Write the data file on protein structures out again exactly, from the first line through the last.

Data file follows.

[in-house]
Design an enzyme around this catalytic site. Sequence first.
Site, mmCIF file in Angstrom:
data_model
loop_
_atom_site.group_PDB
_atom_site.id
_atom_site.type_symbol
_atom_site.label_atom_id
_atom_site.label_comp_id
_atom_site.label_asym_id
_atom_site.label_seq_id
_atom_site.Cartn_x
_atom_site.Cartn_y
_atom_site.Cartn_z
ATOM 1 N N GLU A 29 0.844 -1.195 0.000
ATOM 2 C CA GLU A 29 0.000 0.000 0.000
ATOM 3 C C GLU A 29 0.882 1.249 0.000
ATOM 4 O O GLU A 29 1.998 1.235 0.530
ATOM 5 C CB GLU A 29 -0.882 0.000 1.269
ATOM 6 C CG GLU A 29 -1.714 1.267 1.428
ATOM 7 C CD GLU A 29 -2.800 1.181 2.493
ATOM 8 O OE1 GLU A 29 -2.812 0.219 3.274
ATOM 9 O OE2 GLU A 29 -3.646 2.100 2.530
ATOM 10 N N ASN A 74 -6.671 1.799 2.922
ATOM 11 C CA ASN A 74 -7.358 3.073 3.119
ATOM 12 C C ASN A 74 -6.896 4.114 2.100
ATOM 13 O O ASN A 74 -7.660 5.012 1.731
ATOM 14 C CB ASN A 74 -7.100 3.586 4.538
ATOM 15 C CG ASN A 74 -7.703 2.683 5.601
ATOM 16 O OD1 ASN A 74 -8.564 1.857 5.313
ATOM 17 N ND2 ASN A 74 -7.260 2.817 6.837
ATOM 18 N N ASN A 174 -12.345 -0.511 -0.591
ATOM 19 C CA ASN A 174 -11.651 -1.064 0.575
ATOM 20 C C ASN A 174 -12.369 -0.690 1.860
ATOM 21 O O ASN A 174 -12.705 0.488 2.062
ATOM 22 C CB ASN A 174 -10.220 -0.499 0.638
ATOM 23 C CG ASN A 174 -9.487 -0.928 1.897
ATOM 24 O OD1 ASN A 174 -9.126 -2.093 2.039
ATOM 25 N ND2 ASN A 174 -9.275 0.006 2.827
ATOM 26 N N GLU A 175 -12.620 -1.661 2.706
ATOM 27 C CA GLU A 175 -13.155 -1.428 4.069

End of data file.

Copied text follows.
[in-house]
Design an enzyme around this catalytic site. Sequence first.
Site, mmCIF file in Angstrom:
data_model
loop_
_atom_site.group_PDB
_atom_site.id
_atom_site.type_symbol
_atom_site.label_atom_id
_atom_site.label_comp_id
_atom_site.label_asym_id
_atom_site.label_seq_id
_atom_site.Cartn_x
_atom_site.Cartn_y
_atom_site.Cartn_z
ATOM 1 N N GLU A 29 0.844 -1.195 0.000
ATOM 2 C CA GLU A 29 0.000 0.000 0.000
ATOM 3 C C GLU A 29 0.882 1.249 0.000
ATOM 4 O O GLU A 29 1.998 1.235 0.530
ATOM 5 C CB GLU A 29 -0.882 0.000 1.269
ATOM 6 C CG GLU A 29 -1.714 1.267 1.428
ATOM 7 C CD GLU A 29 -2.800 1.181 2.493
ATOM 8 O OE1 GLU A 29 -2.812 0.219 3.274
ATOM 9 O OE2 GLU A 29 -3.646 2.100 2.530
ATOM 10 N N ASN A 74 -6.671 1.799 2.922
ATOM 11 C CA ASN A 74 -7.358 3.073 3.119
ATOM 12 C C ASN A 74 -6.896 4.114 2.100
ATOM 13 O O ASN A 74 -7.660 5.012 1.731
ATOM 14 C CB ASN A 74 -7.100 3.586 4.538
ATOM 15 C CG ASN A 74 -7.703 2.683 5.601
ATOM 16 O OD1 ASN A 74 -8.564 1.857 5.313
ATOM 17 N ND2 ASN A 74 -7.260 2.817 6.837
ATOM 18 N N ASN A 174 -12.345 -0.511 -0.591
ATOM 19 C CA ASN A 174 -11.651 -1.064 0.575
ATOM 20 C C ASN A 174 -12.369 -0.690 1.860
ATOM 21 O O ASN A 174 -12.705 0.488 2.062
ATOM 22 C CB ASN A 174 -10.220 -0.499 0.638
ATOM 23 C CG ASN A 174 -9.487 -0.928 1.897
ATOM 24 O OD1 ASN A 174 -9.126 -2.093 2.039
ATOM 25 N ND2 ASN A 174 -9.275 0.006 2.827
ATOM 26 N N GLU A 175 -12.620 -1.661 2.706
ATOM 27 C CA GLU A 175 -13.155 -1.428 4.069